It's Beginning to Look A Lot Like Fun*Run Time

It's ALREADY that time of year again: The ADAPT Fun*Run for Disability Rights is April 22nd 2012. Maryland's fundraising goal is $8,000 this year. Yes, that's right, $8,000

Donate $1! Donate $10! Donate $100! Donate $1,000! JUST DONATE so we can FREE OUR PEOPLE! I thank you very much for your support!

Thursday, April 9, 2009

My First Ever D'var Torah: Next Year May All my People be Free! (a twist on Thankful Thursday)

[In simplest terms, when someone gives a D'var Torah they take the week's portion of the Torah, talk about it, and relate it to everyday life. It's like a sermon, except that usually only clergy give sermons but anyone can give a D'var Torah.]

Tonight is the first night of Passover (or Pesach), a Jewish Holiday celebrating something I maintain never happened. During the week we're supposed to be celebrating the exodus from Egypt and all that jazz. I've been told it was farmers who built the pyramids during their off season, not Jewish slaves. I get that version better.

I don't follow Passover very well. I eat things I know I'm not supposed to eat and I go to class on the days that more observant Jews would not. I just don't have it in me. This is another instance of "torture" from my childhood. When someone tells you NOT to eat something, you just want to eat it MORE. I know, I'm a grown-up, I get it now. Not eating some foods for just one week is not the end of the world. But if I don't believe the story, if my heart's not in it, I maintain that it is pointless to go through the motions just for the sake of going through the motions.

That is, until the other day. I go to the Passover Seder because I go to the Passover Seder-- to be with my family and/or my friends. Not that I particularly want to go and sit through the whole thing, but I like the company, and I guess the tradition is nice too. This year friends were not an option and family was not my best option. The third option was to go to Hillel, where I used to go with my friends before they graduated. I didn't really want to go and just be around casual acquaintances, that's not what holidays are about, but I felt really odd ditching a seder, even though they used to feel like torture. It would have been the first time in my 24 years that I wasn't at at least one seder, unless you count the fact that I was born right smack in the middle of one. Obviously I wasn't present that year (FYI today is my hebrew birthday. Most people don't know their's. Helps to be born on a holiday). So I found friends and talked them into crashing Hillel.

My friends are ADAPTers. The other day I was talking (probably whining) on the phone about how much I hate Passover and how there were many years when I was a kid that my actual birthday coincided with my Hebrew birthday (made it by 4 days this year!) and I was not allowed to have a real cake (nothing with yeast all week). "But I love Passover," I got on the other end of the phone. Why would anyone in their right mind love Passover? It didn't take long for the click in my head. She's an ADAPTer. I'm an ADAPTer. I got it.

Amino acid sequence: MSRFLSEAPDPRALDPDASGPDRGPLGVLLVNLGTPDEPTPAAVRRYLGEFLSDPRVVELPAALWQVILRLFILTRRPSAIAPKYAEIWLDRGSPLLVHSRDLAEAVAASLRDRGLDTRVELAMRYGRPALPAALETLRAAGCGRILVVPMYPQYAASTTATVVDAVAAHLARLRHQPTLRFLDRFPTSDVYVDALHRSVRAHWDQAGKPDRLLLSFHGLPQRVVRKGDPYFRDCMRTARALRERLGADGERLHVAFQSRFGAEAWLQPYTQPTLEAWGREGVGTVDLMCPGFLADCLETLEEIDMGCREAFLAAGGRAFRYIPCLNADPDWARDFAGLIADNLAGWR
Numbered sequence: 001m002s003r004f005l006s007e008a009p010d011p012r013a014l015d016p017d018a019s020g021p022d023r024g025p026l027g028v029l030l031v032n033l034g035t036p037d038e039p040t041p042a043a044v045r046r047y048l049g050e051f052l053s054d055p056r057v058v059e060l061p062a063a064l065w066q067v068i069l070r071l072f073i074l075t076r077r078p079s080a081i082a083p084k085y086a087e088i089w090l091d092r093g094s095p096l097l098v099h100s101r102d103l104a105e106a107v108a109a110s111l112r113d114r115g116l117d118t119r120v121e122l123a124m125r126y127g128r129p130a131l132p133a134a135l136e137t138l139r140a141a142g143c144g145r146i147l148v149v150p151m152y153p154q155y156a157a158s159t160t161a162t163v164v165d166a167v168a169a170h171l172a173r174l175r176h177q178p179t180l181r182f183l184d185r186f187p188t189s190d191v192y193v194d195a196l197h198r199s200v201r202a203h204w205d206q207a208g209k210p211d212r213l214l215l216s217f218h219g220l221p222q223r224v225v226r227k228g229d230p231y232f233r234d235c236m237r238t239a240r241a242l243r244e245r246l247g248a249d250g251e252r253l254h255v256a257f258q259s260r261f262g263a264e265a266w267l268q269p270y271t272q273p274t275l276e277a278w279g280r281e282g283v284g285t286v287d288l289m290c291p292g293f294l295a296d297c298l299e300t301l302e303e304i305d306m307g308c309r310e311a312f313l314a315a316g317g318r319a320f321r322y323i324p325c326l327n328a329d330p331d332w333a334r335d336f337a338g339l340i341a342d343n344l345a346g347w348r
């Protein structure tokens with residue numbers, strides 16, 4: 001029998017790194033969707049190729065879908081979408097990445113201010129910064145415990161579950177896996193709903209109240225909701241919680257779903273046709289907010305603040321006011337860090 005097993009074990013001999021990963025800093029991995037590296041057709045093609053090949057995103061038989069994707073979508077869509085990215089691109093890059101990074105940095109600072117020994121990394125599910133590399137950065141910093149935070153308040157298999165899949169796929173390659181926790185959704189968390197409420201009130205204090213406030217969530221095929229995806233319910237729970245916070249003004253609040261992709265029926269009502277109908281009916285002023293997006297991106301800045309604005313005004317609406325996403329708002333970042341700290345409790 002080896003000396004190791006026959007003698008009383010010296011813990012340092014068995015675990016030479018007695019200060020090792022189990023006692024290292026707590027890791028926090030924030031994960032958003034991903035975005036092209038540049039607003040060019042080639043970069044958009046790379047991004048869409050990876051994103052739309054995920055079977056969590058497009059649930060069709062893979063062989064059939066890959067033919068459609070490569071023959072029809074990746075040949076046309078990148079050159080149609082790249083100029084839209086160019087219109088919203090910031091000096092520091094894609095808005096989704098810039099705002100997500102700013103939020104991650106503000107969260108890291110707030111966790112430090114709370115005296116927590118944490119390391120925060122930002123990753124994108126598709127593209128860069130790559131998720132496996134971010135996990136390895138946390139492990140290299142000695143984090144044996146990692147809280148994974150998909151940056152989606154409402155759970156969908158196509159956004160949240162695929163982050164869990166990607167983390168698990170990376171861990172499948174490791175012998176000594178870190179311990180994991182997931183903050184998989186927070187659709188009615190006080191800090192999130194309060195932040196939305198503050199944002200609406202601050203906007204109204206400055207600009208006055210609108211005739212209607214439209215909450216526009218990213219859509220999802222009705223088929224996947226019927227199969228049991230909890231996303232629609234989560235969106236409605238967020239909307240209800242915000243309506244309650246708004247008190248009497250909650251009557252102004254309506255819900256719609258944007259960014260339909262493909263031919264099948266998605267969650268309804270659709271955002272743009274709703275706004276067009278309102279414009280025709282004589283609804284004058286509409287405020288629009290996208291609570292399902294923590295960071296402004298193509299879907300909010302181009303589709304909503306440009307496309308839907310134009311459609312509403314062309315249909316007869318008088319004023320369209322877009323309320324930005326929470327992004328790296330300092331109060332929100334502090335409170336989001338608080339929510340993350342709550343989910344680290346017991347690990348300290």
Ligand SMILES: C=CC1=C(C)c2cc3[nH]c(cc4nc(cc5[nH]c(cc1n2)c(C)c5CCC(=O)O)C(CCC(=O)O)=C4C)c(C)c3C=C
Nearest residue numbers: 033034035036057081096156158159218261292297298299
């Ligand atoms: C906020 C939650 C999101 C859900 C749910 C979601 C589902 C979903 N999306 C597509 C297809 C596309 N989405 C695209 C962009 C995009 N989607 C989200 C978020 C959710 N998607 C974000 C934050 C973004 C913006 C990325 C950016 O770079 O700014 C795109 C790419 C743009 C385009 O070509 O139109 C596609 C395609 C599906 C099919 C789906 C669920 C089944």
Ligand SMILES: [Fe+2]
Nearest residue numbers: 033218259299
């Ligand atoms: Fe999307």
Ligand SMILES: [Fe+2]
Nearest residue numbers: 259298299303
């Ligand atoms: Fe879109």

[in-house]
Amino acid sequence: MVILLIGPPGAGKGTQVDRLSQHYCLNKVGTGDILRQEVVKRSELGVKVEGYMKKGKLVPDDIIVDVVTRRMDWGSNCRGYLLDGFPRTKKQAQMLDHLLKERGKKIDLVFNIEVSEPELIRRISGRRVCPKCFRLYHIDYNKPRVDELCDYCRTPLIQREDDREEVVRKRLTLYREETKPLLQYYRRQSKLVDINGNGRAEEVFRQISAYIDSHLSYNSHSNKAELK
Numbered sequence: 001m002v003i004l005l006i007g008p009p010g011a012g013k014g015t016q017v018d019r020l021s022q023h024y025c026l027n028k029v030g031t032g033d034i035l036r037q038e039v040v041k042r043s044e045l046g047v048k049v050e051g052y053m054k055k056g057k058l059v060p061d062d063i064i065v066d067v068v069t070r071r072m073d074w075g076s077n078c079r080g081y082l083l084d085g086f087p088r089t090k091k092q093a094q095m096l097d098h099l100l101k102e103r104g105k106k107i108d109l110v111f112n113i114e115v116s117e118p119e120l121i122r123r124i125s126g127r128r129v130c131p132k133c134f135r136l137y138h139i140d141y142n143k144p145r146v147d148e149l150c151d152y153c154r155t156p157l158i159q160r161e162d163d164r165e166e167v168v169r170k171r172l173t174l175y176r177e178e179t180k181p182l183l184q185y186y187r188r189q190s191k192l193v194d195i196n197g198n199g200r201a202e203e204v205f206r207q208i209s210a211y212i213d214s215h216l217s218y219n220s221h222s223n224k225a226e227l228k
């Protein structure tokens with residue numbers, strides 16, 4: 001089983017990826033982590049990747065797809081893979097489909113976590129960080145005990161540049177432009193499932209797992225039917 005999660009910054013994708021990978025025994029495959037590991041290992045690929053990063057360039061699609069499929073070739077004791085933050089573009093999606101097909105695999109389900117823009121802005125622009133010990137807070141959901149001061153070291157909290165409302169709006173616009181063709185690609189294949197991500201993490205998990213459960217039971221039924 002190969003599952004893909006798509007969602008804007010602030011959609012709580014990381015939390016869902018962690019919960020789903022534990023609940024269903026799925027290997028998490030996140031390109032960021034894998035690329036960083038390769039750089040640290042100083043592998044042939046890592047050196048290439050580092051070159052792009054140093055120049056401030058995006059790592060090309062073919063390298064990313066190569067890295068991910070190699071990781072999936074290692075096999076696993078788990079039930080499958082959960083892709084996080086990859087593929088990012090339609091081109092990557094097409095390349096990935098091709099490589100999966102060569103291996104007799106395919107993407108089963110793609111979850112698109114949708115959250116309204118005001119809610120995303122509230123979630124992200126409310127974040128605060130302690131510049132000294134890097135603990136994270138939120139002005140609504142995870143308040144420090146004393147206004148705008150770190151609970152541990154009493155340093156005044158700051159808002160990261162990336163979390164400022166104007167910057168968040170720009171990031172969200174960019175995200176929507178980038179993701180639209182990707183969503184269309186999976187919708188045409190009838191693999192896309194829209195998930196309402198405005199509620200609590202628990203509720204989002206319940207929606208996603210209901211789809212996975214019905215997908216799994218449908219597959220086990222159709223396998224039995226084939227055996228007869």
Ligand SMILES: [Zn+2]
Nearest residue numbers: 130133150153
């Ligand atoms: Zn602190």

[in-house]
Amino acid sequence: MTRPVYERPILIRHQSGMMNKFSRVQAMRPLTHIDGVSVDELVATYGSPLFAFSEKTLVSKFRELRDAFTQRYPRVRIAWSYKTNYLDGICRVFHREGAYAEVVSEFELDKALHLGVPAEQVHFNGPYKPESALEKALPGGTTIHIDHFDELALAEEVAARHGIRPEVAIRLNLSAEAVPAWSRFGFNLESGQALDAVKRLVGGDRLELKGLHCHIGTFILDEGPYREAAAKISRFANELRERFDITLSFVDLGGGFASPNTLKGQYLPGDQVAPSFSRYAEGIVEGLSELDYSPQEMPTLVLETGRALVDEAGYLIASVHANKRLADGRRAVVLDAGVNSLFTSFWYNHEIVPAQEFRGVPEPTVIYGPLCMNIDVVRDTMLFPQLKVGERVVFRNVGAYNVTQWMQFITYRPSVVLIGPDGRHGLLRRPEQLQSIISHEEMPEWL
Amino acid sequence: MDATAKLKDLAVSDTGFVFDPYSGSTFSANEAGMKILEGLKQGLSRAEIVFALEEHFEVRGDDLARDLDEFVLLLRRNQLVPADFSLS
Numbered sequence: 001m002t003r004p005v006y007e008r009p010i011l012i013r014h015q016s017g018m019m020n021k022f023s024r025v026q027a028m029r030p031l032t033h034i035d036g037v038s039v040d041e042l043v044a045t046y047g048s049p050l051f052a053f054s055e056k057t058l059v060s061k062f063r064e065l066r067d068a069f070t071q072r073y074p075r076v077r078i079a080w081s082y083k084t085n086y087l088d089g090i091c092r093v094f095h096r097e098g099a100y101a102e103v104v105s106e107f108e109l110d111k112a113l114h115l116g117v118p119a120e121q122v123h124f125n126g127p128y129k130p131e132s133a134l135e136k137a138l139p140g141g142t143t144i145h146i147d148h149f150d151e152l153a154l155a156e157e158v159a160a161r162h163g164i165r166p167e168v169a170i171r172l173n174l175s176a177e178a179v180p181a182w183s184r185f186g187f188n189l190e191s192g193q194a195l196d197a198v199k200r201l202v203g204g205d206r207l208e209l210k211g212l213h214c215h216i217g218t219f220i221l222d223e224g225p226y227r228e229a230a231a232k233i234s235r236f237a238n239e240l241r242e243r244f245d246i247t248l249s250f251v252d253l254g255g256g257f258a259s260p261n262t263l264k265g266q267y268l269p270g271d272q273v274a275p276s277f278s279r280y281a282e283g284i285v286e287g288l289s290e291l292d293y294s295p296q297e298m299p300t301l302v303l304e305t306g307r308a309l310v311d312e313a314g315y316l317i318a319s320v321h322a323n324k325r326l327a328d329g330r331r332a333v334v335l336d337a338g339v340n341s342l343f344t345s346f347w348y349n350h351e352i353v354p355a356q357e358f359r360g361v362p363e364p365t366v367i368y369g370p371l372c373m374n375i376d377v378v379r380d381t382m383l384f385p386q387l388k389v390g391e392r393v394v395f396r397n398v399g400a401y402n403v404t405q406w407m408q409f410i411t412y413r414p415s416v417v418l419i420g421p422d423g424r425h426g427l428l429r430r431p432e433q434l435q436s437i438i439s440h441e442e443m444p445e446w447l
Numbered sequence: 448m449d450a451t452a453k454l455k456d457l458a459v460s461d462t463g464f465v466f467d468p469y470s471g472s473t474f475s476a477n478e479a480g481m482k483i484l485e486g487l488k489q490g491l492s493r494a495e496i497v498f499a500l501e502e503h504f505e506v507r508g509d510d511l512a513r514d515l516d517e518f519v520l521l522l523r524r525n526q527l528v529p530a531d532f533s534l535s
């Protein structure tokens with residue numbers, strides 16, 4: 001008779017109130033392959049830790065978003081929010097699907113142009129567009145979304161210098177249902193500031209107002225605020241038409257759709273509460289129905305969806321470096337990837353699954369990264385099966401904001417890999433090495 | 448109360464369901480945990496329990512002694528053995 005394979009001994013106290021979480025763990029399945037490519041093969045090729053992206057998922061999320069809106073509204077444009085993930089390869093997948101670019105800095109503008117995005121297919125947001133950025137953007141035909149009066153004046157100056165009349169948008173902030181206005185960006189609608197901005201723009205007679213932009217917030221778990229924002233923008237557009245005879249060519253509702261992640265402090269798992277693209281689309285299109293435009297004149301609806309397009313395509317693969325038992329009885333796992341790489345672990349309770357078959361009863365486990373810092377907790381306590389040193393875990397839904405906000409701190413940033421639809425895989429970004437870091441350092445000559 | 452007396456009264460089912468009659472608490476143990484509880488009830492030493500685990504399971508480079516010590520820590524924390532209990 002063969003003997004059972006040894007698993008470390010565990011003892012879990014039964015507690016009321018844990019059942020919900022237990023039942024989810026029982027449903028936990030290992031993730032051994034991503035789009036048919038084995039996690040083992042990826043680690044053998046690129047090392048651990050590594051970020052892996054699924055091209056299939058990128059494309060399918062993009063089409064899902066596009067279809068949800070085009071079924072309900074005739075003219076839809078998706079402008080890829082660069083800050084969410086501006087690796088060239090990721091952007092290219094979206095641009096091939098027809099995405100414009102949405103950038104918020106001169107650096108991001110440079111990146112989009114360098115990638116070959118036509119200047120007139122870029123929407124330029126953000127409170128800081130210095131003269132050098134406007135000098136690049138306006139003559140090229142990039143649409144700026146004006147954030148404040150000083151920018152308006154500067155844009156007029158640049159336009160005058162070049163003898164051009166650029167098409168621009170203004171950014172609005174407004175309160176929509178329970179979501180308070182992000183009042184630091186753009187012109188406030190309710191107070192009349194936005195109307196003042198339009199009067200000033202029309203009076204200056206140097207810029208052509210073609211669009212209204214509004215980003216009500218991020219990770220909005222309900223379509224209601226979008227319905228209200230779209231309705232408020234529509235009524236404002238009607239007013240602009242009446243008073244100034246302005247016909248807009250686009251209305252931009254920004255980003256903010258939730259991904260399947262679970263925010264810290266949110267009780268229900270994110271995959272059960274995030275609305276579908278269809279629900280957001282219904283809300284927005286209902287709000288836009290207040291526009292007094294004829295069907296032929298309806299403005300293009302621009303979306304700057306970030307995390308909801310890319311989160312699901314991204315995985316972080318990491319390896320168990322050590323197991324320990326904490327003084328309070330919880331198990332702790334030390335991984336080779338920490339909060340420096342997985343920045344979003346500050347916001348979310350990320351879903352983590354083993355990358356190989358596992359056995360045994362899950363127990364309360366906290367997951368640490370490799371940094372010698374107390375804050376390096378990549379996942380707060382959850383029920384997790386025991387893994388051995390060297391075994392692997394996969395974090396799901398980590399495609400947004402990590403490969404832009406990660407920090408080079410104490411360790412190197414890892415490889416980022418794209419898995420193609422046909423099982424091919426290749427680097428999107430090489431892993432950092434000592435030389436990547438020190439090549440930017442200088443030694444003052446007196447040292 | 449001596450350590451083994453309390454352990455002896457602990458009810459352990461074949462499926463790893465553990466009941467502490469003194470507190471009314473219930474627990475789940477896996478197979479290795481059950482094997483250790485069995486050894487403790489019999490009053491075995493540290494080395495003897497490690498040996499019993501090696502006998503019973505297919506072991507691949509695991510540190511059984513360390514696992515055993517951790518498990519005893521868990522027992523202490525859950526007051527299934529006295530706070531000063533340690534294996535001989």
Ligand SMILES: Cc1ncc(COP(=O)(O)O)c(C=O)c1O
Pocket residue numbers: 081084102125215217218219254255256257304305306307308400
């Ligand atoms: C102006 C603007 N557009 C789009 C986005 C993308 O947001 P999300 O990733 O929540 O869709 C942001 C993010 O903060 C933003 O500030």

This week we're celebrating our people being freed from bondage, the end of their (supposed) dehumanizing treatment by the Egyptians. We're supposed to be thankful that we are where we are right now (in freedom, in nice suburban life) because of those who came before us and what they went through. To make it more meaningful and more relatable, some people use the Holocaust as a tie in to more recent history. Maybe a little about Darfur or the treatment of women in Afghanistan.

Nothing ever clicked from any of that. But I had my click on the phone. Passover really is a time to be thankful. I am where I am right now (literally a University library) because of people like Ed Roberts and Justin Dart fighting tirelessly to get laws like the Rehabilitation Act and the ADA, not only passed, but implemented as well. It's not some made up magical story from thousands of years ago, or even something not so old but that doesn't affect my life directly. It's my truth, my reality, something very tangible, and something not to forget. Because if I forget then I forget about all of my brothers and sisters still in institutions today. I forget about the people whose families cannot visit them often because of transportation or other barriers, I forget about the people who end up in life threatening situations due to their lack of care while in these institutions, I forget about the people who feel hopeless and helpless, who are sitting and dying instead of fighting to live.

At the end of most seders people recite a very simple phrase. "Next year in Jerusalem." It's the land of our people and represents our freedoms. My friend said she says "Next year lets FREE OUR PEOPLE!!!" I agree.

[funny story: I was interested in a good picture of ADAPT's Free Our People guy for this post. Thought of taking a pic of the shirt I'm wearing. Nah, I'll google image. Low and behold, my very own drawing pops up. DUH!!! previous post here]


rickismom said...

Hey, I didn't know you where Jewish! Happy birthday! (I squeezed through Passover with two pregnancies, giving birth right after.....
Why do you have so much trouble believing that the Israelist were enslaved in Egypt? Given history, its NOT very far fetched.
I see Passover not only as a festival for freedom, physically... but also as a time to aim to free ourselves of our self-imposed demons, addictions, fears, etc.

Laura said...

Awesome post and contribution to the DBC!

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